I've started noticing a trend on the Mozilla newsgroups; every day there seems to be another post from someone who doesn't like the new cross-platform widgets. I hope the Mozilla team really knows what they're doing, because I wouldn't want this to turn into a full-fledged backlash.

Friday, August 06, 1999

The fast Power3s haven't even come out yet, but IBM is already working on the Power4, which puts two 64-bit PowerPC cores on the same die.

Thursday, August 05, 1999

Wired News completely screwed up this story. BeComputing is not related to Be, Inc! The article has now ben fixed, and they (surprisingly) apologized.

For once I find myself disagreeing with Jakob Nielsen. I think it's time we stopped shoehorning everything into HTML.

IBM: External Annotation of Web Content for Transcoding

Wednesday, August 04, 1999

Wired News: Big Blue Reinvents Internships. That's what I should have done this summer.

Alan Baratz resigns from Sun. "the Java technology ... remains inextricably bound in several thorny issues surrounding licensing and standardization that have lingered for years."

Lou Grinzo: "If a 'corporate Linux' can guarantee better release-to-release compatibility, easier installations, and most of all, better usability, then the mainstream users will choose it over the 'real Linux' by an overwhelming ratio." Where do I send my money?

Does anyone know if the recent Marimba patent is legit?

I added a link in the header so that you can read all my CritLink comments.

Tuesday, August 03, 1999

"I don't want an aggregation service any more than I want bits and pieces of my friends to be delivered to me on demand. I want whole friends, and whole sites." -- Jim Roepcke on Weblogs

I see that Jim mentioned the Neuromancer site. I want this one to work out, but I'm afraid that they'll botch it like they did Johhny Mnemonic (According to Gibson, what ended up on screen bore little resemblance to the original film).

The idea that some people try to read all the Weblogs scares me. Most of them I just can't get into. Besides, it takes long enough to read the sites I do read.

Monday, August 02, 1999

Ooh, I love this. Dave found the rude version of Cluetrain: Attention, Fat Corporate Bastards! "We know about your plans for the Internet. Although you won't listen, we would like to point out how wrong you are now, so we can point out gleefully how right we were later."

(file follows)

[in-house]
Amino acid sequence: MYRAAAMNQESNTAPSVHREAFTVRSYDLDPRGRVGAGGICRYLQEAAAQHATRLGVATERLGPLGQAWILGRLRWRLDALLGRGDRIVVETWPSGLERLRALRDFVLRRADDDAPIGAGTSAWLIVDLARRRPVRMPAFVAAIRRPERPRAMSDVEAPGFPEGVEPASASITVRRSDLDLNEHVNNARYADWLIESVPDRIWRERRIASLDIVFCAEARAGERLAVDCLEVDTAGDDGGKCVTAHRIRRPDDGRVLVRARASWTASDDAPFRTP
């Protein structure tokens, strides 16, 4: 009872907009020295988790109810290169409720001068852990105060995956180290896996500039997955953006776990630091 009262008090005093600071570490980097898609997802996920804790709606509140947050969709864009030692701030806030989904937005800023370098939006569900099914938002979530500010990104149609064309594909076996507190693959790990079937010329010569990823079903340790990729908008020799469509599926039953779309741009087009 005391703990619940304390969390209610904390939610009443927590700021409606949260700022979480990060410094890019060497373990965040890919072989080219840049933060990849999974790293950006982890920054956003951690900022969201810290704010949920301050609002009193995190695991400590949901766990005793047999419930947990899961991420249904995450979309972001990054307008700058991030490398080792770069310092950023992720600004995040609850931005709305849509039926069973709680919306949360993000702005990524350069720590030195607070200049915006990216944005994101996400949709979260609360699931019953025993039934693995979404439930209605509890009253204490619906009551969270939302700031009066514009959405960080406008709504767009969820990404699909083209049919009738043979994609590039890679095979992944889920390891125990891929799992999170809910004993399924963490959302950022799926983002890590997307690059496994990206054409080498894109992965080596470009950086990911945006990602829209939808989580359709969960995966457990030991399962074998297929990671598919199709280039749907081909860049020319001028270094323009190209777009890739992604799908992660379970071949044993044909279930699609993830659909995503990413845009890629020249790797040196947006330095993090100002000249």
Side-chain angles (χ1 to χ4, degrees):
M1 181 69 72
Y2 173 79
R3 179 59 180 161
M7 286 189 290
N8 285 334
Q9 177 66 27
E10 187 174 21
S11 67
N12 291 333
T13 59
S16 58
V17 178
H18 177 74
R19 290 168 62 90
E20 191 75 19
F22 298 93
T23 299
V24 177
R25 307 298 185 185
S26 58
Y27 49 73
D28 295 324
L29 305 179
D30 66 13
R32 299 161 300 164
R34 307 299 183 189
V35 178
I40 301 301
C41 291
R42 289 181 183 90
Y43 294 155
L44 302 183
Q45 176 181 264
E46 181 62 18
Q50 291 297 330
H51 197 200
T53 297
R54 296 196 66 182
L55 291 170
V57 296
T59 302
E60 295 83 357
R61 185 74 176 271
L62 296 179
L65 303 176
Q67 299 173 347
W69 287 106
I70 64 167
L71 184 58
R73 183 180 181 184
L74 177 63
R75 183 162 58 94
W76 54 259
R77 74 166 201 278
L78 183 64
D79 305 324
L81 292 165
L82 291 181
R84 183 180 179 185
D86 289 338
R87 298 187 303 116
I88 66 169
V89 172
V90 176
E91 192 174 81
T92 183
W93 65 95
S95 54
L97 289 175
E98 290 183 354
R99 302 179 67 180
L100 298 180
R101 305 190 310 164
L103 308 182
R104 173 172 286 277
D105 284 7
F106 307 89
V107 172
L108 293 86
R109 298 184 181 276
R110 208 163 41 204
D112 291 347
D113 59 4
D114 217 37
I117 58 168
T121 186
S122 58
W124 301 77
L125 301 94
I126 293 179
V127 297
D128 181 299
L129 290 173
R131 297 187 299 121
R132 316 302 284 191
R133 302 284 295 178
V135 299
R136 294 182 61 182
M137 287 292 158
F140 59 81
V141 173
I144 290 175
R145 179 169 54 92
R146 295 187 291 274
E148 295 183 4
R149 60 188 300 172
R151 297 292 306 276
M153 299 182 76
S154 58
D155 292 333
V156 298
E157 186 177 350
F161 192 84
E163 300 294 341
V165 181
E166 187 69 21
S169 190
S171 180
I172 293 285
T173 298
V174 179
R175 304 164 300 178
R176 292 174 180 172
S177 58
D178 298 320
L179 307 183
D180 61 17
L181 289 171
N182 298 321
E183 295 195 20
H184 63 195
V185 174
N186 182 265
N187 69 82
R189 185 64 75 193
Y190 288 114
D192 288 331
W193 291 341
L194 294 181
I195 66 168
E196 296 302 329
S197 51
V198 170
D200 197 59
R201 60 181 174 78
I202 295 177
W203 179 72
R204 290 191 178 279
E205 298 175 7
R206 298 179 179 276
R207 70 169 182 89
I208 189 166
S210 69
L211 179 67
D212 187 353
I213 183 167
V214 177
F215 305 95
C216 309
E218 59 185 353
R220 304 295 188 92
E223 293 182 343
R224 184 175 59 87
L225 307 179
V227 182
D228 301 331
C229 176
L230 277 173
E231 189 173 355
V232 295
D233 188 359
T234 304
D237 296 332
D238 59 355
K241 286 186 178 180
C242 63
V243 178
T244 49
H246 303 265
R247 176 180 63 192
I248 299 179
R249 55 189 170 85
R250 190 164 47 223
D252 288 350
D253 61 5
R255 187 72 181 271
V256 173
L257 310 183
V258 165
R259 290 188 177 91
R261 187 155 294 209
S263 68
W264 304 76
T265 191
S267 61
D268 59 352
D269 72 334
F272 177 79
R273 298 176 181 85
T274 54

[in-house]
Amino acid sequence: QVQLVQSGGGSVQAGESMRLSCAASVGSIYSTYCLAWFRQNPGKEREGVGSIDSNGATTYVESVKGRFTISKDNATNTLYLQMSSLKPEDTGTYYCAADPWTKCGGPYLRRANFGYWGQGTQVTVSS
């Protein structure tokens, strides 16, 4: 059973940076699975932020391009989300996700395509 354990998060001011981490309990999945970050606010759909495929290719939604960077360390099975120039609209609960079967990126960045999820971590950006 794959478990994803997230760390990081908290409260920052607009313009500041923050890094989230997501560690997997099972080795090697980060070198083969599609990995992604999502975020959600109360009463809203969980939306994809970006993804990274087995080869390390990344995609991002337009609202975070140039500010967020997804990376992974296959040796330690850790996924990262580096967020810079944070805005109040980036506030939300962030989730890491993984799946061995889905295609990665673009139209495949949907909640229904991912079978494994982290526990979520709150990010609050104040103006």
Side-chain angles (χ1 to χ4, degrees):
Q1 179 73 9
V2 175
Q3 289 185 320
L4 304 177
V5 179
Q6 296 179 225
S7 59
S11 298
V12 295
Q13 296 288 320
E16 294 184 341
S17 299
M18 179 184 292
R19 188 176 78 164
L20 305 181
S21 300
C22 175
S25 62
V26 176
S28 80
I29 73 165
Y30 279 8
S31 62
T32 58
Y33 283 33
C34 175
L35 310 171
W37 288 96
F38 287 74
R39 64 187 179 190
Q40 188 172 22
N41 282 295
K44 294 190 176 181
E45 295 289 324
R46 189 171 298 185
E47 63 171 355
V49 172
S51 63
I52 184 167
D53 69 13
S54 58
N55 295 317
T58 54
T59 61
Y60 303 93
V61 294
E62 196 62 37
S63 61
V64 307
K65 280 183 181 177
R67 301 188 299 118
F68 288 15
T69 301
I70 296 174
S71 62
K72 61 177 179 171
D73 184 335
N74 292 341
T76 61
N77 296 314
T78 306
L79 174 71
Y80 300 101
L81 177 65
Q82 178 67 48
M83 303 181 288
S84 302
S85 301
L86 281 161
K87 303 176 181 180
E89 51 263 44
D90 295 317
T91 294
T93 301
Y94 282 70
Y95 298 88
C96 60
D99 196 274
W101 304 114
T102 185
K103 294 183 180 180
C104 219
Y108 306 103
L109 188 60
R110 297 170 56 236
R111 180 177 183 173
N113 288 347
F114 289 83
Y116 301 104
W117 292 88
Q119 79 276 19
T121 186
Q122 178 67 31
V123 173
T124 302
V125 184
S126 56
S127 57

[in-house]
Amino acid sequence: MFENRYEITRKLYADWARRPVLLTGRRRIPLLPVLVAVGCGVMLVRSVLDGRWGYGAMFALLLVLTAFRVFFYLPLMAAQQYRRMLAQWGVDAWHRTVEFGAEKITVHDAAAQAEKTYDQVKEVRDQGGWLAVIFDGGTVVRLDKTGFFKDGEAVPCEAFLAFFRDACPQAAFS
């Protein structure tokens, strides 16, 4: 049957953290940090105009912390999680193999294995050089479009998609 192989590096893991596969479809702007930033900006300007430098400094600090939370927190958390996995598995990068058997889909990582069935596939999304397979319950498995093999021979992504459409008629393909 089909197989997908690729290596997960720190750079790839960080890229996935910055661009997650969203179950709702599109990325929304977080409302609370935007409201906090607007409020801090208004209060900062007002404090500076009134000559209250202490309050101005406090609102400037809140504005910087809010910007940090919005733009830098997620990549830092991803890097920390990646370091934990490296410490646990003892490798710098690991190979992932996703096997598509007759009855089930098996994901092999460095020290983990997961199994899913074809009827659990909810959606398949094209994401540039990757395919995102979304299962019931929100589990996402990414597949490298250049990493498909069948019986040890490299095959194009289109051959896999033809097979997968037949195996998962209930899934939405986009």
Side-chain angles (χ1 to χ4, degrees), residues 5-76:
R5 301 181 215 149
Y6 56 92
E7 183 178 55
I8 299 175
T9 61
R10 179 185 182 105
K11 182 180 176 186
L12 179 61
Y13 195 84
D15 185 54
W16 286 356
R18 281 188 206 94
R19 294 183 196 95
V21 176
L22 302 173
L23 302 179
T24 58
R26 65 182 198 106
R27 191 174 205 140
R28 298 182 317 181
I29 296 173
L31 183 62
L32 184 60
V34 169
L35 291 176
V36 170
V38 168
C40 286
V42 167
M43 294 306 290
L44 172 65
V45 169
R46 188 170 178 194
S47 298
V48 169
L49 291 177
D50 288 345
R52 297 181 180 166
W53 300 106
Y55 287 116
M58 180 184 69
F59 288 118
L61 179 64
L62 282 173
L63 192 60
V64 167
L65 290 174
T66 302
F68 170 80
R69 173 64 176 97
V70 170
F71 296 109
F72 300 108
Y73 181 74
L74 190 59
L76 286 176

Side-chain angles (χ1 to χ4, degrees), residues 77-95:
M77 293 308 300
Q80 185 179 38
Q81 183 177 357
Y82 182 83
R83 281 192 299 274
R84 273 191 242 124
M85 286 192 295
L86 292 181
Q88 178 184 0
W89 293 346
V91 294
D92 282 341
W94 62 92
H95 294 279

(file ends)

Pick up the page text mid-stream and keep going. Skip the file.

EE Times: Sun conjures Java CPU for media apps. I see that they've learned that directly executing bytecode isn't a good idea.

The KDE 2.0 disaster continues. It's only in alpha; there's still time to fix it.

I got my copy of BeOS R4.5 today, but apparently my Permedia 2 vide card isn't VESA 2.0 compliant (or something), so I still don't have color. It looks like a G200 is in my future...

Sunday, August 01, 1999

AlphaWorks has a Java SVG viewer; after I finally got through to the site I noticed that it's based on Java2D, which probably simplifies the code a lot but restricts it to Java 2.

On the GNOME mailing list, Paul Dorman rants about the need for Open Source communities to protect their intellectual property: "If we are actually going to take a leadership role in software design, then we should expect to get appropriate amounts of flak from the rather enormous corporations which are going to die as a result. I hate seeing projects shut down because some company's legal thugs say 'continue with that and we'll sue you'. We can't dodge every proprietry technology out there, and there aren't always alternatives. As software gets more sophisticated we are going to see more occurences of patent infringement by open source projects, and sometimes there isn't an elegant alternative."

Some people are already doing this. For example, you need a license to some of IBM's patents to use Jikes, so the Jikes license lets you use those patents, but only in Jikes (AFAIK). If you wanted to use the same ideas in a non-Jikes project you might have to negotiate a separate license. This is an interesting wrinkle on Open Source software: the code is open, but the ideas are not. I can see long-term disadvantages from such situations; what if you can't rewrite code from scratch?

I also found a cool autogenerated status page for GNOME translations.

James M. Cape has started the GNOME User Interface Improvement Project, which will hopefully be more productive than the previous ill-fated style guide efforts. Update: There is now a Web site. I'm really impressed; this project came together in less than a day!

Java Lobby has a story about a Java mail server that's faster than Sendmail (and probably simpler, too). There seem to be fewer justifications for Unix-style worse-is-better software every day.

Here's Apple's documentation on how QuickTime streaming really works.